Fallen Kingdom is, quite obviously so, not as smart or layered as a multi-season, ten-hour television series. But the film does ask questions, necessary ones, about what mankind’s ability to clone dinosaurs would ultimately lead to. And Fallen Kingdom asks these questions, not by distancing itself from what has come before, but by recognizing its place in a franchise known for sequels that take small steps.
Jurassic Park was never intended to be a franchise. When Steven Spielberg brought Michael Crichton’s novel to life in 1993 it became an unprecedented success. The highest-grossing movie in history at the time, Jurassic Park was a financial and technical marvel that ushered in a new age of blockbuster movies — a phenomenon that Spielberg first achieved with Jaws (1975). This first film feels the truest to the tenets of science fiction, with an emphasis on the science, in its questions of ‘what if?’. Through Dr. Malcolm, Dr. Alan Grant (Sam Neill) and Dr. Ellie Sattler (Laura Dern), Jurassic Park took a grounded approach to questions of morality, chaos theory and technological expansion within tension-filled and spectacle-driven narrative. And while Jurassic Park could have easily worked as the one-off entry it was intended to be, demand increased for Crichton to write a sequel novel. The author repeatedly declined, until Spielberg told him that if he wrote a new one, he’d be willing to direct it. Thus, The Lost World was born.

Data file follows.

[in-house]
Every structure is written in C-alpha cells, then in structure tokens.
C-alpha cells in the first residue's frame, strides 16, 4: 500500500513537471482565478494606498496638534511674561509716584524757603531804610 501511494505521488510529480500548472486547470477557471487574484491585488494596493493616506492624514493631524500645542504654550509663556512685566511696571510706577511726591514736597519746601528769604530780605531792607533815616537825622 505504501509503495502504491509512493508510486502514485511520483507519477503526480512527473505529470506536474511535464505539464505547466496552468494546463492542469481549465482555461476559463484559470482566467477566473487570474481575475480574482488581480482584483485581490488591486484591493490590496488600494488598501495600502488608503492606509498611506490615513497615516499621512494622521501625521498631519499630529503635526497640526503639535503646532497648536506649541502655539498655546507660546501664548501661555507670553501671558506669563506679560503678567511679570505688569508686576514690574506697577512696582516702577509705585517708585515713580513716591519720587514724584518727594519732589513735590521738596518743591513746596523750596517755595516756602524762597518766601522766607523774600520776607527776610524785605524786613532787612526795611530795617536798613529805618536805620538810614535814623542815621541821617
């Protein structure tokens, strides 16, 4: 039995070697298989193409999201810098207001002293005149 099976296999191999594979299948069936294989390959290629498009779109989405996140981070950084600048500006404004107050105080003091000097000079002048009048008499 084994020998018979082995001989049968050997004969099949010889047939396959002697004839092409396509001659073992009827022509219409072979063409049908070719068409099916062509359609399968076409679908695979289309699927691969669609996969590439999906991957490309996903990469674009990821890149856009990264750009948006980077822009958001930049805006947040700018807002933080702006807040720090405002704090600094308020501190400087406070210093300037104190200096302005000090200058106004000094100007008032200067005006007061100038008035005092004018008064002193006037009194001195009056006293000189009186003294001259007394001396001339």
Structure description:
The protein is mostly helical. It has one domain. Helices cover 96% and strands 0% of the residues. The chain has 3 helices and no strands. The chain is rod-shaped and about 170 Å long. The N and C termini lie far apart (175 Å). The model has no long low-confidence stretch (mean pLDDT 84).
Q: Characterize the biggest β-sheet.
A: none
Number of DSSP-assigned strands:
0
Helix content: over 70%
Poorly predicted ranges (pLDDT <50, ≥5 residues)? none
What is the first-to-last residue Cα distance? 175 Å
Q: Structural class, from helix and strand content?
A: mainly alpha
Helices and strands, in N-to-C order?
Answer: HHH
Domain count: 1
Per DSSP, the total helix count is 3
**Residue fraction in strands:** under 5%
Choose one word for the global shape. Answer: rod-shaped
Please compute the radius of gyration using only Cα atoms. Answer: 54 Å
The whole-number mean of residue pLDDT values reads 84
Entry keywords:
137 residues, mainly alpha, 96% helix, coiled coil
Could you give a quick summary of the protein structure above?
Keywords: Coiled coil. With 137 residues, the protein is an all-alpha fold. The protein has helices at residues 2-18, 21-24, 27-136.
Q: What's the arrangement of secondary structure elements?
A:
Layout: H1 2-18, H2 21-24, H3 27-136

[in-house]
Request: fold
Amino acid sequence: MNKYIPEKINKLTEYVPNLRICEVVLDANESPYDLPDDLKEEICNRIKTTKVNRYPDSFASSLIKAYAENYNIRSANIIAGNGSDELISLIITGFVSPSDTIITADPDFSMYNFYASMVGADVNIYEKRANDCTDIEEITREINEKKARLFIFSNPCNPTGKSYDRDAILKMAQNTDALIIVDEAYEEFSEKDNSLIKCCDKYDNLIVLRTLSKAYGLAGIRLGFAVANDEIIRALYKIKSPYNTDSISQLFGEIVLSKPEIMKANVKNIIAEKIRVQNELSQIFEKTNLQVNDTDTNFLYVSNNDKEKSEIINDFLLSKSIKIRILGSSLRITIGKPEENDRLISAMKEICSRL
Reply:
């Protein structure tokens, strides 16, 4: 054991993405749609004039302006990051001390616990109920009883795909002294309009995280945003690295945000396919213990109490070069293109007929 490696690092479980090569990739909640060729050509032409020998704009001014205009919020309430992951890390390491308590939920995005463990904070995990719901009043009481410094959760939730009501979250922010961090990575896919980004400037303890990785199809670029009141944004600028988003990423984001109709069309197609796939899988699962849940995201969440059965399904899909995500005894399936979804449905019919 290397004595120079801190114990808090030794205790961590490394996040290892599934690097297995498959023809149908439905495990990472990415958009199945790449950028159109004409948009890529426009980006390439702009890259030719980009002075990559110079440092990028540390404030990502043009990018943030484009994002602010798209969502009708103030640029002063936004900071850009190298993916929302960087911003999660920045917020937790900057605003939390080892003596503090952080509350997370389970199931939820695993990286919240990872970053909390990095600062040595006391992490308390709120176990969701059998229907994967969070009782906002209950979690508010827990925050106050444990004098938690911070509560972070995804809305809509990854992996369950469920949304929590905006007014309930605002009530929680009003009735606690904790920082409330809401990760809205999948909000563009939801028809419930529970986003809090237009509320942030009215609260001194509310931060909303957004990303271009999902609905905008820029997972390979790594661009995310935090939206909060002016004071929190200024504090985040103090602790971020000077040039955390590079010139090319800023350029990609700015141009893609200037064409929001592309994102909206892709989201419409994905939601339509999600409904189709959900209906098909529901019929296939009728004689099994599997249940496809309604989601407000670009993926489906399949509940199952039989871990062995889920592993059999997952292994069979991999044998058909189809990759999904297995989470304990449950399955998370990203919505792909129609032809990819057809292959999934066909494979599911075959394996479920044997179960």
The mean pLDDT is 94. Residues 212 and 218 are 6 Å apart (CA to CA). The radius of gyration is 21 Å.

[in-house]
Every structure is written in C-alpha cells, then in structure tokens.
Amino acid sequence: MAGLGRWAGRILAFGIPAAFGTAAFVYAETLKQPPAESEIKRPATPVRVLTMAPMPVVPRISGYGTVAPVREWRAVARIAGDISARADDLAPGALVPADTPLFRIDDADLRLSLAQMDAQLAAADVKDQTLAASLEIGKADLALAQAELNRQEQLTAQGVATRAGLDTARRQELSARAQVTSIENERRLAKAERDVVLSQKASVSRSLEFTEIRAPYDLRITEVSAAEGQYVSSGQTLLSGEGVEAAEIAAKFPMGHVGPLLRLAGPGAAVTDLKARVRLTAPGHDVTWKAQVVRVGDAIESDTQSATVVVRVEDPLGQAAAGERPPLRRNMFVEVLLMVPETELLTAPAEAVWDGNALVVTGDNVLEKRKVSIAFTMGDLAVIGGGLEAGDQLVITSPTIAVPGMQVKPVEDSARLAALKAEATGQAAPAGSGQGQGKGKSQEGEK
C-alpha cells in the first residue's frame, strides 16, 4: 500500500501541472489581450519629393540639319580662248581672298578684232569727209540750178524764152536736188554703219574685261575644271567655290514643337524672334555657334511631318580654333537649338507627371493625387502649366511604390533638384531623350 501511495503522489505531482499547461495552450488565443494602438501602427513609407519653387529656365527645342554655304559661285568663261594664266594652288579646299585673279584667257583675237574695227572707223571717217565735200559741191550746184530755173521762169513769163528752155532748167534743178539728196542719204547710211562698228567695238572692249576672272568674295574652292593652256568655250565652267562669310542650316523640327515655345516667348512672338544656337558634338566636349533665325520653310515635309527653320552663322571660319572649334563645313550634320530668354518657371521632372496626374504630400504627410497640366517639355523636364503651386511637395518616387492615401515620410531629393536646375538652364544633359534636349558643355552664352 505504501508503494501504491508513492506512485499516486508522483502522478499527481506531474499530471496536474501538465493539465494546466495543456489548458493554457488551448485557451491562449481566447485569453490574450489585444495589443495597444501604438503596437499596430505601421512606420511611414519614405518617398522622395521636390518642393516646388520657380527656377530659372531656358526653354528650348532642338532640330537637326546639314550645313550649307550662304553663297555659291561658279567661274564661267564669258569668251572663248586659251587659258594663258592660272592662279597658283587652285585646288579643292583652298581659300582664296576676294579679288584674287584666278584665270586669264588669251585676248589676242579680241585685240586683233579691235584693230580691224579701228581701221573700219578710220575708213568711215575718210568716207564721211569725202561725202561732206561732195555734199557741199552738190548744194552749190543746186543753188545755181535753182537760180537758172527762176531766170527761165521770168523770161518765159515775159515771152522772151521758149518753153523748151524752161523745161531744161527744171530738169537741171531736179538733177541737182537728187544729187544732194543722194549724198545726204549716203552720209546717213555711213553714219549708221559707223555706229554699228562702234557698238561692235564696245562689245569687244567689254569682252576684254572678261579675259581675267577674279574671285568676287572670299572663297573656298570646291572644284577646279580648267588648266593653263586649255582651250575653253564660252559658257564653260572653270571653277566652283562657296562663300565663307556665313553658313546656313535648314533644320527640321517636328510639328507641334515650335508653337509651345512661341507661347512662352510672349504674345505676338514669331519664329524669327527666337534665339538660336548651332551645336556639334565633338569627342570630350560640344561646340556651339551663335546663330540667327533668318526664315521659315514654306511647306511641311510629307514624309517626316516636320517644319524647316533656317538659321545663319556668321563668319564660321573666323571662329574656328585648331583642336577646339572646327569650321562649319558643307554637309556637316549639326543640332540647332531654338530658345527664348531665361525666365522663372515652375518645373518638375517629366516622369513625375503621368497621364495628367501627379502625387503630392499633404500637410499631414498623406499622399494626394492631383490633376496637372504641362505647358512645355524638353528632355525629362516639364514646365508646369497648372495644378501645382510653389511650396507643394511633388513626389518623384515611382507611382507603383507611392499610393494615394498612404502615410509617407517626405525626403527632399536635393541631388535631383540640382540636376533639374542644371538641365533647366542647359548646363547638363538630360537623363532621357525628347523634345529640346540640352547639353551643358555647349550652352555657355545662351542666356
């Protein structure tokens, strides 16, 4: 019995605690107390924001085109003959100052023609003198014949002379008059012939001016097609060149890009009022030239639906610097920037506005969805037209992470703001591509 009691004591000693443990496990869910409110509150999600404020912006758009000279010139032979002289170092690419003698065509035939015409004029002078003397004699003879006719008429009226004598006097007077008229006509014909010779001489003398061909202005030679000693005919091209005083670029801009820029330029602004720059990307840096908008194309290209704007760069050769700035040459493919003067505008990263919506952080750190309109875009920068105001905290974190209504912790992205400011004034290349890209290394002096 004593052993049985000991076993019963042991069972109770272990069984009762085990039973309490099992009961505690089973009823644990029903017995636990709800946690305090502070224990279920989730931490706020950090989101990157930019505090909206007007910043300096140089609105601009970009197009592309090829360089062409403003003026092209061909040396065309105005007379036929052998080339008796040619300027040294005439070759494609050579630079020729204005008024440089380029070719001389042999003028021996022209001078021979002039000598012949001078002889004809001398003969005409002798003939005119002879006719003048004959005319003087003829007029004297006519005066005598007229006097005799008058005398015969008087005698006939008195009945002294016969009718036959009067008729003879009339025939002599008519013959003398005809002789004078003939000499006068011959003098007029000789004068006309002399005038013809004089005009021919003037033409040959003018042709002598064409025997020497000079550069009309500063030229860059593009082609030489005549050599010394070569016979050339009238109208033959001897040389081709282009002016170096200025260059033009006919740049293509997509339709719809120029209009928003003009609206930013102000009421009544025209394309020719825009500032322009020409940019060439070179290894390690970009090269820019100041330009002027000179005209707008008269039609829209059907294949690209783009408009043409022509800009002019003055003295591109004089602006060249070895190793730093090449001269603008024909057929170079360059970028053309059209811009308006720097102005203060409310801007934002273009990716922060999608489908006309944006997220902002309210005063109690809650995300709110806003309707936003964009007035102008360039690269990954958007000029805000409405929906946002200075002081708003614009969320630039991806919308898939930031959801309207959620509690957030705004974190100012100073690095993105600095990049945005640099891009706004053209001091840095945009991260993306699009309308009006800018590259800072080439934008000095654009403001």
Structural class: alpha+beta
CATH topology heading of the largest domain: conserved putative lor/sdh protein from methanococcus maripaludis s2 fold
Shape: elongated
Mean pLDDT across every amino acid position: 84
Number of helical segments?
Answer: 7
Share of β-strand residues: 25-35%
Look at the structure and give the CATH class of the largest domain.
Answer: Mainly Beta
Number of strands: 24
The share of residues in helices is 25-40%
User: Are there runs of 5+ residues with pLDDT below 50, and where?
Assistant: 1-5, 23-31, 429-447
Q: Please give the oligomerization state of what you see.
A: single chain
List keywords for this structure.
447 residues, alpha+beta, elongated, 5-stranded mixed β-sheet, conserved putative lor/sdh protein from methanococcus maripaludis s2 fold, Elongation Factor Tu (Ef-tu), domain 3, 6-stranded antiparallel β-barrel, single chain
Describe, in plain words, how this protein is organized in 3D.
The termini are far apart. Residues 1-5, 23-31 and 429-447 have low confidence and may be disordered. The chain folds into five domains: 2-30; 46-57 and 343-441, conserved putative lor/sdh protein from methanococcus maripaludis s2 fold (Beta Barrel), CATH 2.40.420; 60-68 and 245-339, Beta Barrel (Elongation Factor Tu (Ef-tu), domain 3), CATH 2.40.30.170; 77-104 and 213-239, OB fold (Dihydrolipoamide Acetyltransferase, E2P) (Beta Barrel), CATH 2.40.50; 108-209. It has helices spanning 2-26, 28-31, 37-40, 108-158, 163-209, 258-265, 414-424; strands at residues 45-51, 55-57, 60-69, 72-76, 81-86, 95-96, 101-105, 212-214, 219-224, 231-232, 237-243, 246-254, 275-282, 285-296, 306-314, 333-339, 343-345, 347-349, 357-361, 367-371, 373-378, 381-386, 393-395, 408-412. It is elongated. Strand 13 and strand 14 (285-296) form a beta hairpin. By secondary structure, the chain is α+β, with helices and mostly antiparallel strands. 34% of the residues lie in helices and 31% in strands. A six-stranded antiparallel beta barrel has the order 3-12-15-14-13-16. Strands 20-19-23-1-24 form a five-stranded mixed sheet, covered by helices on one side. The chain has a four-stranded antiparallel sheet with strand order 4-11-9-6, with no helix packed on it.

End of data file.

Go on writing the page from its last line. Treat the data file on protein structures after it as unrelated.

The Lost World: Jurassic Park not only doubles down on the spectacle of the first film — new island, two T-rex and more Goldblum, it strides into the realm of the fantastic. Drawing inspiration from its namesake — Sir Arthur Conan Doyle’s novel The Lost World (1912) — the sequel is a pulp adventure story. Malcolm’s action hero cynicism and quest to rescue his girlfriend Dr. Sarah Harding (Julianne Moore) are the result of a film less concerned with questions of science and morality than it is with pitting these characters against antagonists like Pete Postlewaite’s Ahab-esque dinosaur hunter and John Hammond’s selfish nephew, whose grand plan is to create a smaller version of the park in San Diego.